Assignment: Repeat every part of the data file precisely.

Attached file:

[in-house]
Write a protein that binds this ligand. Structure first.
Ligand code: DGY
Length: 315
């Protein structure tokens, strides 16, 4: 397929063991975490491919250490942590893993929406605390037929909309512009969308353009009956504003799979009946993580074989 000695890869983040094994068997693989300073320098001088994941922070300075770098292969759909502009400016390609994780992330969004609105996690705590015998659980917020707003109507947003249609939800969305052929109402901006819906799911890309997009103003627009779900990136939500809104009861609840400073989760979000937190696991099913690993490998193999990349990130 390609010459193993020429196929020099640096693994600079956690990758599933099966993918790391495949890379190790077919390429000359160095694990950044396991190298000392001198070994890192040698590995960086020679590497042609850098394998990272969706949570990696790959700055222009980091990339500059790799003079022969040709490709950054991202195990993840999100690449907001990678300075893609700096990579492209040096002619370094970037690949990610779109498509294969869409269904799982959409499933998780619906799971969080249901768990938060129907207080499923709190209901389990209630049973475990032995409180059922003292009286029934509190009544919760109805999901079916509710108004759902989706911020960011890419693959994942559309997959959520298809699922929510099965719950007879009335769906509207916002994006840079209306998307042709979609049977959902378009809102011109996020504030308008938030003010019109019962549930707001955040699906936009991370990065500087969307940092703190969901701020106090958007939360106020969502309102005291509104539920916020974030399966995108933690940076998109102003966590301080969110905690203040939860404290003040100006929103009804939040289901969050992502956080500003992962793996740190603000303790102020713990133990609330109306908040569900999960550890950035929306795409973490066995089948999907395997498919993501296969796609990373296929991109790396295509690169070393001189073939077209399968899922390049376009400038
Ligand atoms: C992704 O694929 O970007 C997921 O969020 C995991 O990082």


[in-house]
Write a protein that binds this ligand. Structure first.
Ligand code: DGY
Length: 315
């Protein structure tokens, strides 16, 4: 397929063991975490491919250490942590893993929406605390037929909309512009969308353009009956504003799979009946993580074989 000695890869983040094994068997693989300073320098001088994941922070300075770098292969759909502009400016390609994780992330969004609105996690705590015998659980917020707003109507947003249609939800969305052929109402901006819906799911890309997009103003627009779900990136939500809104009861609840400073989760979000937190696991099913690993490998193999990349990130 390609010459193993020429196929020099640096693994600079956690990758599933099966993918790391495949890379190790077919390429000359160095694990950044396991190298000392001198070994890192040698590995960086020679590497042609850098394998990272969706949570990696790959700055222009980091990339500059790799003079022969040709490709950054991202195990993840999100690449907001990678300075893609700096990579492209040096002619370094970037690949990610779109498509294969869409269904799982959409499933998780619906799971969080249901768990938060129907207080499923709190209901389990209630049973475990032995409180059922003292009286029934509190009544919760109805999901079916509710108004759902989706911020960011890419693959994942559309997959959520298809699922929510099965719950007879009335769906509207916002994006840079209306998307042709979609049977959902378009809102011109996020504030308008938030003010019109019962549930707001955040699906936009991370990065500087969307940092703190969901701020106090958007939360106020969502309102005291509104539920916020974030399966995108933690940076998109102003966590301080969110905690203040939860404290003040100006929103009804939040289901969050992502956080500003992962793996740190603000303790102020713990133990609330109306908040569900999960550890950035929306795409973490066995089948999907395997498919993501296969796609990373296929991109790396295509690169070393001189073939077209399968899922390049376009400038
Ligand atoms: C992704 O694929 O970007 C997921 O969020 C995991 O990082």